It may be cliché to say that kids are the future, but it’s the truth. That’s why advocacy group Children First Canada (CFC) put together a top ten list of issues they want federal parties to focus on in the upcoming election.
“We know in Saskatchewan that a significant number of kids are facing domestic violence in their homes, child abuse, and neglect — particularly for First Nations children,” CFC founder Sarah Austin said.
This bleeds into several issues on CFC’s list including suicide, mental health (Saskatchewan has 705 youth hospitalizations per 100,000 in 2017-18) and poverty (10.3 per cent child poverty). These have all been highlighted by Saskatchewan’s children’s advocate office in recent years.
According to the CFC, it can also take a toll on physical health — most notably the childhood obesity rate.
“Nationally, the rates of childhood obesity are one in four, but in Saskatchewan it’s one in three,” Austin said.
“Again, it can be linked to some of the other issues that we’re talking about; the high number of kids growing up in poverty. Kids that grow up in poverty are much less likely to have nutritious food and a healthy diet.”
Obesity is one of Katya Herman’s main areas of research. The associate professor in the University of Regina’s Faculty of Kinesiology pointed to the phenomenon of food deserts — a lack of grocery stores in lower-income residential areas.
“There’s already a pretty strong association between socioeconomic status and overall health in the population as well as in children and obesity as well,” Herman said.
“Then we add these neighbourhood factors into that and it definitely plays a role in obesity rates and physical activity levels of the children.”
Geography also plays a role in access to nutritious food. A 2015 Saskatchewan Ministry of Health report found a healthy grocery cart to feed a family of four for a week in southern Saskatchewan cost $228.83, but $314.69 in the north.
On the activity side, Herman said easy, safe access to outdoor play areas is crucial in developing healthy habits in kids.
“I have the benefit of having a park near me. I can encourage my newborn child to be active from an early age. Not everybody has that,” she said.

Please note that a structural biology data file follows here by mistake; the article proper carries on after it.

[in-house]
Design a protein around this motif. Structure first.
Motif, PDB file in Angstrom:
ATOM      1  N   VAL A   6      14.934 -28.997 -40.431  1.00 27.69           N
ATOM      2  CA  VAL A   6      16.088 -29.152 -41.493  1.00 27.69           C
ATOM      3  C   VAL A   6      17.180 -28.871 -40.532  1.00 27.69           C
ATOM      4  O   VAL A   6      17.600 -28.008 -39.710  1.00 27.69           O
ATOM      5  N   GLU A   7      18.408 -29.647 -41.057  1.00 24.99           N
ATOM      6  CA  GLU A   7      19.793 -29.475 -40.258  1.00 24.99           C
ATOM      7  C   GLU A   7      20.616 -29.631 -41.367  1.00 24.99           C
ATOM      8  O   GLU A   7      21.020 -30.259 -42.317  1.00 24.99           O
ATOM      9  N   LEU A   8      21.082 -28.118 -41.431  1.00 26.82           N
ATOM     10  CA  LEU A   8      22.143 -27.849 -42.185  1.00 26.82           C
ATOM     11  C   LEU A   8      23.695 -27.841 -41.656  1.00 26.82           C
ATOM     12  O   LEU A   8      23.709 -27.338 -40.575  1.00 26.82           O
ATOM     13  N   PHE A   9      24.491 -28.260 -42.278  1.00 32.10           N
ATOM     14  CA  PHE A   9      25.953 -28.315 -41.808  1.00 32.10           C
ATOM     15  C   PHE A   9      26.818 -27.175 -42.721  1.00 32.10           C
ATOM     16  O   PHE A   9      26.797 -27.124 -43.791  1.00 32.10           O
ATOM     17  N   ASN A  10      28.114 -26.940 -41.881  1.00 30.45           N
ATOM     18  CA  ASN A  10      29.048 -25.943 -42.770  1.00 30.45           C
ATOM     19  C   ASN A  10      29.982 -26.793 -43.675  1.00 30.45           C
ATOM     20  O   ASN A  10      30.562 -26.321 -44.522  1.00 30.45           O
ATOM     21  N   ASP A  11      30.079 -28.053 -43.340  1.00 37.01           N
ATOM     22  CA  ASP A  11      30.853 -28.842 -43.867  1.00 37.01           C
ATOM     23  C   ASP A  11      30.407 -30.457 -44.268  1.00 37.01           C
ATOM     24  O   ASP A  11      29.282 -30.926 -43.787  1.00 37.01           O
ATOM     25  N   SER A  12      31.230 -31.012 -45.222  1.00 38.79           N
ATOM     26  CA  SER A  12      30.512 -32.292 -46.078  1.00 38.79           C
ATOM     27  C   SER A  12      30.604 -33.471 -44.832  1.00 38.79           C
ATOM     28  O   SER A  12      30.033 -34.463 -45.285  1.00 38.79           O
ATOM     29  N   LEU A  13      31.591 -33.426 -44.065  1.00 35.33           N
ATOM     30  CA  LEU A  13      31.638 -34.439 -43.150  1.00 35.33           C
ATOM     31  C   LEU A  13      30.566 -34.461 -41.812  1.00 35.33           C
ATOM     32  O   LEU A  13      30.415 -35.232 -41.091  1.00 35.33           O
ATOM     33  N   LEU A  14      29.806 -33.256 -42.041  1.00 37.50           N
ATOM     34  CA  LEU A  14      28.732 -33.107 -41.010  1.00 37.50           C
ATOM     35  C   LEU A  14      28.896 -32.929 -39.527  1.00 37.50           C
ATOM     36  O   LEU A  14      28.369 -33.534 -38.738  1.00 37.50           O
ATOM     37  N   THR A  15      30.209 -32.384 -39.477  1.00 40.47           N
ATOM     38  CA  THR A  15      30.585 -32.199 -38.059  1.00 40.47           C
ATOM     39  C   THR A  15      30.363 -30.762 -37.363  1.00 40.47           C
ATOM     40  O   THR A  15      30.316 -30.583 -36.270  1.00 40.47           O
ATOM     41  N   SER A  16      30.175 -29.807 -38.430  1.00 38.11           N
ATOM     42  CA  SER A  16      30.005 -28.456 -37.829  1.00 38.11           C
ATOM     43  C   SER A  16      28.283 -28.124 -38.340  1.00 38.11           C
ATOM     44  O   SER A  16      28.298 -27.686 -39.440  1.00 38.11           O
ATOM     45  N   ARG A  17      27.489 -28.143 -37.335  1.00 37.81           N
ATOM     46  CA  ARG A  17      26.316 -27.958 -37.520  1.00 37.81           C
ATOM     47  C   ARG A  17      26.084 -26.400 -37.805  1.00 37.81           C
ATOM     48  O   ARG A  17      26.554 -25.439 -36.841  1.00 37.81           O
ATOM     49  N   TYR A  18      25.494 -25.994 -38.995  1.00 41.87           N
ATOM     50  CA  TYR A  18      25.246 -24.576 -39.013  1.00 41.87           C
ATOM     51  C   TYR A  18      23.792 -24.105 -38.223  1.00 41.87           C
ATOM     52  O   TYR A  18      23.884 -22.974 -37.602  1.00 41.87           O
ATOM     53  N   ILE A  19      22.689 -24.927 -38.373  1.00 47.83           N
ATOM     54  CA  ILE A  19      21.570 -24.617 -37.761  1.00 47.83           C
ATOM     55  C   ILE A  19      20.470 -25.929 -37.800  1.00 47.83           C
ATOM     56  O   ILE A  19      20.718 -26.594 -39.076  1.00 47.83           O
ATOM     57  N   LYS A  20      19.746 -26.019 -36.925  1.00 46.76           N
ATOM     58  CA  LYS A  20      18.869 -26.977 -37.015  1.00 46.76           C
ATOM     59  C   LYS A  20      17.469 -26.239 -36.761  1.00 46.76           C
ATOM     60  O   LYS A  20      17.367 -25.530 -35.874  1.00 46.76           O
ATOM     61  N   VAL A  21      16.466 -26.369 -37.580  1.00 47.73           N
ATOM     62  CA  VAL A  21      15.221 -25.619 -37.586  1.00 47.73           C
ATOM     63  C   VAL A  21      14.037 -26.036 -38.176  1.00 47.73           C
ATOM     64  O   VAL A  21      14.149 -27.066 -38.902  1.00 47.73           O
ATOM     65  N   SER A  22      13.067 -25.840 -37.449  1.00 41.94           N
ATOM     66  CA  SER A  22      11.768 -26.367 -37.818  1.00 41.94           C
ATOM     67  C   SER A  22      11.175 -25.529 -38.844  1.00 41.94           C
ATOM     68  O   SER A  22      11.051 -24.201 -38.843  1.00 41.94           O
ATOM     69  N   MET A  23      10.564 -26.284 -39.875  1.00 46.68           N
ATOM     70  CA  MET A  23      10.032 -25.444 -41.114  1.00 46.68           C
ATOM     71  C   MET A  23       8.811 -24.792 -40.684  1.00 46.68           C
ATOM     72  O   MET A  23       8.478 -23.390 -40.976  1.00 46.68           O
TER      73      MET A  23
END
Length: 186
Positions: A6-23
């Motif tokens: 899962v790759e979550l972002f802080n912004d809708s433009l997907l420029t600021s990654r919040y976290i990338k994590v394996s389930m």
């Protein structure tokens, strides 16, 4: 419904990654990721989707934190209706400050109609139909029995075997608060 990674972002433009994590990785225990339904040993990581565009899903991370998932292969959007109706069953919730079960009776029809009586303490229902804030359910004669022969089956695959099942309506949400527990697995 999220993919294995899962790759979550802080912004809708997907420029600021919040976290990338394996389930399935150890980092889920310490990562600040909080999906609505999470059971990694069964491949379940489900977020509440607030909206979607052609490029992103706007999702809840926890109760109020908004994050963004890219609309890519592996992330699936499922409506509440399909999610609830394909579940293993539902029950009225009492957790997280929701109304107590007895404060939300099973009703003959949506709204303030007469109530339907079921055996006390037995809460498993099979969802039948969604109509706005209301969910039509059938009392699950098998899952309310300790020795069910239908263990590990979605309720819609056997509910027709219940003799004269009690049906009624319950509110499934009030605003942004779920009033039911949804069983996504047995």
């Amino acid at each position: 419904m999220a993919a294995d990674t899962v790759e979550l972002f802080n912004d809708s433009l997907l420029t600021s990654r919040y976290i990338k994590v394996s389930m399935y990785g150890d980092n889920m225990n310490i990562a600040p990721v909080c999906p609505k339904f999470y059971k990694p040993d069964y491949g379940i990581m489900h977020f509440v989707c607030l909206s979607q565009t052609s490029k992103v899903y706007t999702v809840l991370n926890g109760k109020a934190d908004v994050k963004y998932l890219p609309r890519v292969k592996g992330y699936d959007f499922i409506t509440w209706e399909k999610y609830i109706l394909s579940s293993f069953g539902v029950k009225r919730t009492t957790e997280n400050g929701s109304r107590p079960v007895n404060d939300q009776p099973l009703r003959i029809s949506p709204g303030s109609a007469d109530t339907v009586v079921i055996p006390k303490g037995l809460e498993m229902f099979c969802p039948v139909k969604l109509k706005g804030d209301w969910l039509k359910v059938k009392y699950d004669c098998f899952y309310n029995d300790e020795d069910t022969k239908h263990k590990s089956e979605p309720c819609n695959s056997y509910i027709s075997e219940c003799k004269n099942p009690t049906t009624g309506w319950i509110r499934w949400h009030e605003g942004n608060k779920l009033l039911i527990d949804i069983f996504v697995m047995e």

However, even those with safe access to parks aren’t taking full advantage. Physiotherapist and co-owner of Craven SPORT Services in Saskatoon, Bruce Craven, has noticed a decline in physical literacy. He sees this as foundational to overall, long term physical health.
“I think the biggest challenge in our education system right now is teaching physical literacy to kids. Teaching them how to hop, skip, jump, run, and move in an appropriate manner so they can manage diseases and most importantly weight management,” Craven said.
“We know that childhood obesity leads to so many health risks later in life.”
On the flip side, Craven said strong physical literacy can contribute to a healthy lifestyle throughout a person’s life.
Even outside socio-economic factors, Craven said he’s seeing more instances of parents not seeing the playground as a safe place for youngsters.
“We tend to bubble wrap our kids, which also becomes a problem. So there’s the socio-economic side of it where food, food access becomes an issue. There’s the socio-economics of kids not being able to exposed to outside school activities, and then there’s parents perceiving their community playgrounds aren’t a safe place to play,” he said.
Craven added organized sport is often seen as an answer, but an over-reliance runs the risk of only developing certain physical skills instead of taking a more whole-bodied approach.